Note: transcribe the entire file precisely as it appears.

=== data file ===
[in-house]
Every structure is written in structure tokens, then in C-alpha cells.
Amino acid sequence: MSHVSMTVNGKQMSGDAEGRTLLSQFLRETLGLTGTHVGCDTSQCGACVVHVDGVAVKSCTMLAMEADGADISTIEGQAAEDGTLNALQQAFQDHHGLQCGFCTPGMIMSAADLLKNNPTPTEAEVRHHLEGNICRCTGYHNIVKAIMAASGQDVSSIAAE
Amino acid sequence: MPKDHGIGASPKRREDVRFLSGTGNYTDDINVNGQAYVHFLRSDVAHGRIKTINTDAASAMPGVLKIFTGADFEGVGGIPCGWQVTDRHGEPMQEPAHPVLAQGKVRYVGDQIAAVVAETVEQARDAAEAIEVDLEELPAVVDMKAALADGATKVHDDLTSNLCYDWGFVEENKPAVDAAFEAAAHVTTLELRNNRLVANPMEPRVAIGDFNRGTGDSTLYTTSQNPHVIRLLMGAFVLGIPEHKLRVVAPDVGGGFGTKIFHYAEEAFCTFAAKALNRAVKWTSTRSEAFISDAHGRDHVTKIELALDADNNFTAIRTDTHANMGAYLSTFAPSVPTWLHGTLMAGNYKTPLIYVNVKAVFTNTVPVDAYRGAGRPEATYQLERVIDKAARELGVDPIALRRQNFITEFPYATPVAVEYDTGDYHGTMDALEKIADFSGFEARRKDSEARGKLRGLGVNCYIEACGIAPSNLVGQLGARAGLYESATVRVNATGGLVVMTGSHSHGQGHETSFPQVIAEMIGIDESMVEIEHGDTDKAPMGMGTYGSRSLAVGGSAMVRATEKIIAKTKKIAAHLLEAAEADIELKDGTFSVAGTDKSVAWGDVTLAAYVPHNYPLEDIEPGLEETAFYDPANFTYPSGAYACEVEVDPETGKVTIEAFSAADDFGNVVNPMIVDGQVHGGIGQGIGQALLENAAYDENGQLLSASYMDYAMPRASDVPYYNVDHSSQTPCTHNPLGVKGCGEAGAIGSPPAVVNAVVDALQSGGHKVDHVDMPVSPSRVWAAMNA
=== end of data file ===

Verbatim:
[in-house]
Every structure is written in structure tokens, then in C-alpha cells.
Amino acid sequence: MSHVSMTVNGKQMSGDAEGRTLLSQFLRETLGLTGTHVGCDTSQCGACVVHVDGVAVKSCTMLAMEADGADISTIEGQAAEDGTLNALQQAFQDHHGLQCGFCTPGMIMSAADLLKNNPTPTEAEVRHHLEGNICRCTGYHNIVKAIMAASGQDVSSIAAE
Amino acid sequence: MPKDHGIGASPKRREDVRFLSGTGNYTDDINVNGQAYVHFLRSDVAHGRIKTINTDAASAMPGVLKIFTGADFEGVGGIPCGWQVTDRHGEPMQEPAHPVLAQGKVRYVGDQIAAVVAETVEQARDAAEAIEVDLEELPAVVDMKAALADGATKVHDDLTSNLCYDWGFVEENKPAVDAAFEAAAHVTTLELRNNRLVANPMEPRVAIGDFNRGTGDSTLYTTSQNPHVIRLLMGAFVLGIPEHKLRVVAPDVGGGFGTKIFHYAEEAFCTFAAKALNRAVKWTSTRSEAFISDAHGRDHVTKIELALDADNNFTAIRTDTHANMGAYLSTFAPSVPTWLHGTLMAGNYKTPLIYVNVKAVFTNTVPVDAYRGAGRPEATYQLERVIDKAARELGVDPIALRRQNFITEFPYATPVAVEYDTGDYHGTMDALEKIADFSGFEARRKDSEARGKLRGLGVNCYIEACGIAPSNLVGQLGARAGLYESATVRVNATGGLVVMTGSHSHGQGHETSFPQVIAEMIGIDESMVEIEHGDTDKAPMGMGTYGSRSLAVGGSAMVRATEKIIAKTKKIAAHLLEAAEADIELKDGTFSVAGTDKSVAWGDVTLAAYVPHNYPLEDIEPGLEETAFYDPANFTYPSGAYACEVEVDPETGKVTIEAFSAADDFGNVVNPMIVDGQVHGGIGQGIGQALLENAAYDENGQLLSASYMDYAMPRASDVPYYNVDHSSQTPCTHNPLGVKGCGEAGAIGSPPAVVNAVVDALQSGGHKVDHVDMPVSPSRVWAAMNA